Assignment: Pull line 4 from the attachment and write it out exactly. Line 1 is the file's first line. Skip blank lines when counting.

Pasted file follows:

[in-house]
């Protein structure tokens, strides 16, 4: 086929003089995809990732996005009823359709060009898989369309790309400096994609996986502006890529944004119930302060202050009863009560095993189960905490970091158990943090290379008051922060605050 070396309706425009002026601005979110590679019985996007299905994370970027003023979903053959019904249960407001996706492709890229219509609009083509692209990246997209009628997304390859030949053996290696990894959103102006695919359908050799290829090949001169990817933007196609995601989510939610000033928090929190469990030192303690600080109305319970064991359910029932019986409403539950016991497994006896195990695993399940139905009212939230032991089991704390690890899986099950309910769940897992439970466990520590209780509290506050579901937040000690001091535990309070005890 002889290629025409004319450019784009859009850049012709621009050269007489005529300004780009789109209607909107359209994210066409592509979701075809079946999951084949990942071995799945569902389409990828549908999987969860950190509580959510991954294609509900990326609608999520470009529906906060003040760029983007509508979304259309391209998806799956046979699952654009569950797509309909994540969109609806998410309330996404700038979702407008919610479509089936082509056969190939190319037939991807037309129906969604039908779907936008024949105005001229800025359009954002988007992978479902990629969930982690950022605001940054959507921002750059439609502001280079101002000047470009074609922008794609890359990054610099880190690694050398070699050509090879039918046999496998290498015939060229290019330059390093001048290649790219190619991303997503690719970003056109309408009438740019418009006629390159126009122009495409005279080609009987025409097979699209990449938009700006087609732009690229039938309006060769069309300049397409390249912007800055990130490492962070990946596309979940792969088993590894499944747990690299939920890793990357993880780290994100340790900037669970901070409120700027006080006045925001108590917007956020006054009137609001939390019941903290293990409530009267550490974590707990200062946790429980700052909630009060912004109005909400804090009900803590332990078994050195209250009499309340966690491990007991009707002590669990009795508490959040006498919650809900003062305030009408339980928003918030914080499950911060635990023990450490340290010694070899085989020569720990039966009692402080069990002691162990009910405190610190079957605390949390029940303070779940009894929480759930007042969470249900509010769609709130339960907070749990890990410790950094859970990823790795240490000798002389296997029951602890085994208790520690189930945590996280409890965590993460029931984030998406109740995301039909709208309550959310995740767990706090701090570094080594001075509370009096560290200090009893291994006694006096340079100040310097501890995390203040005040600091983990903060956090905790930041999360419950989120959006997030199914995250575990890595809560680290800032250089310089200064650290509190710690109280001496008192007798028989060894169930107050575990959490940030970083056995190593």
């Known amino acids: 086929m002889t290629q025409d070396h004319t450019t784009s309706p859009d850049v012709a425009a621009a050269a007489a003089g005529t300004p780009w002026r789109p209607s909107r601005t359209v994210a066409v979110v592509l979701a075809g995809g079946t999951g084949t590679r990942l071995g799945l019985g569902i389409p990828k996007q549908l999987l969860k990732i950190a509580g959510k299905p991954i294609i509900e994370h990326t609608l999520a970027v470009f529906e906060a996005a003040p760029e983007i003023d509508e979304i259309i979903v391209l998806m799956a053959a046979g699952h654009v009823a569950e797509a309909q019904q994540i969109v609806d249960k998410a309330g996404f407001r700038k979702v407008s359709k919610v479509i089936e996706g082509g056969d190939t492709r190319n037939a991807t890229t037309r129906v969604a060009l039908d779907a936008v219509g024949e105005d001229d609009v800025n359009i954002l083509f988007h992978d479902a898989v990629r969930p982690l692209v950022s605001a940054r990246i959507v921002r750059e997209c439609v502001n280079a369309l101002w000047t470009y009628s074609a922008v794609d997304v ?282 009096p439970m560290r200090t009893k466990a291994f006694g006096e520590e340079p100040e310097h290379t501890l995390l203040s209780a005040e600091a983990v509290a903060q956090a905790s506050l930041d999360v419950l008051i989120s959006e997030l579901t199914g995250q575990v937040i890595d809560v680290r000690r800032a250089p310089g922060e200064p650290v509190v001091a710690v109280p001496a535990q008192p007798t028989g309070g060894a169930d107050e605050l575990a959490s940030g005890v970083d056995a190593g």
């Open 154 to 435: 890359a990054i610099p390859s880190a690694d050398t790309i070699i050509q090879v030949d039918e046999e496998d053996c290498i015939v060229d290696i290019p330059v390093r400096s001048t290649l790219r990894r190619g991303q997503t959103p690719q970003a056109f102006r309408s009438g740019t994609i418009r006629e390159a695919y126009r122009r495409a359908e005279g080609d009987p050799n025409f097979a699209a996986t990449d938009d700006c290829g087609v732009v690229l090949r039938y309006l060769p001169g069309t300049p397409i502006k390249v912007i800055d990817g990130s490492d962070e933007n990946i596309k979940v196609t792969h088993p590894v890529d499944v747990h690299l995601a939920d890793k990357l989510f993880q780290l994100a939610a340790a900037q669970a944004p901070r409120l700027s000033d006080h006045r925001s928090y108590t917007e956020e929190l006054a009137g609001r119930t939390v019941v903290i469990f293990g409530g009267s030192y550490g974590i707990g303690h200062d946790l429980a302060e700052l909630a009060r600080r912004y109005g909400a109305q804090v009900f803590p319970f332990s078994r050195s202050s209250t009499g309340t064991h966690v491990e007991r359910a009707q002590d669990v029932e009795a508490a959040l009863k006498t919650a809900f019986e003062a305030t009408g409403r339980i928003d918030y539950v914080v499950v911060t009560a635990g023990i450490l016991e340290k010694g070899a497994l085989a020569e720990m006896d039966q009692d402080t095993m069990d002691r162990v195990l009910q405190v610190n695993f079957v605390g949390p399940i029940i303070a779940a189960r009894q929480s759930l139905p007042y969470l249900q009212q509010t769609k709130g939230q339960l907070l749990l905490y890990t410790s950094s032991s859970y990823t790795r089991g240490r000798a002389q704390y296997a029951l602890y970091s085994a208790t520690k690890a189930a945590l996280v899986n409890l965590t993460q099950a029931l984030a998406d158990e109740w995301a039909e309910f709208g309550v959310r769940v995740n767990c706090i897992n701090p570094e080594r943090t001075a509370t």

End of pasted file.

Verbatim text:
């Open 154 to 435: 890359a990054i610099p390859s880190a690694d050398t790309i070699i050509q090879v030949d039918e046999e496998d053996c290498i015939v060229d290696i290019p330059v390093r400096s001048t290649l790219r990894r190619g991303q997503t959103p690719q970003a056109f102006r309408s009438g740019t994609i418009r006629e390159a695919y126009r122009r495409a359908e005279g080609d009987p050799n025409f097979a699209a996986t990449d938009d700006c290829g087609v732009v690229l090949r039938y309006l060769p001169g069309t300049p397409i502006k390249v912007i800055d990817g990130s490492d962070e933007n990946i596309k979940v196609t792969h088993p590894v890529d499944v747990h690299l995601a939920d890793k990357l989510f993880q780290l994100a939610a340790a900037q669970a944004p901070r409120l700027s000033d006080h006045r925001s928090y108590t917007e956020e929190l006054a009137g609001r119930t939390v019941v903290i469990f293990g409530g009267s030192y550490g974590i707990g303690h200062d946790l429980a302060e700052l909630a009060r600080r912004y109005g909400a109305q804090v009900f803590p319970f332990s078994r050195s202050s209250t009499g309340t064991h966690v491990e007991r359910a009707q002590d669990v029932e009795a508490a959040l009863k006498t919650a809900f019986e003062a305030t009408g409403r339980i928003d918030y539950v914080v499950v911060t009560a635990g023990i450490l016991e340290k010694g070899a497994l085989a020569e720990m006896d039966q009692d402080t095993m069990d002691r162990v195990l009910q405190v610190n695993f079957v605390g949390p399940i029940i303070a779940a189960r009894q929480s759930l139905p007042y969470l249900q009212q509010t769609k709130g939230q339960l907070l749990l905490y890990t410790s950094s032991s859970y990823t790795r089991g240490r000798a002389q704390y296997a029951l602890y970091s085994a208790t520690k690890a189930a945590l996280v899986n409890l965590t993460q099950a029931l984030a998406d158990e109740w995301a039909e309910f709208g309550v959310r769940v995740n767990c706090i897992n701090p570094e080594r943090t001075a509370t």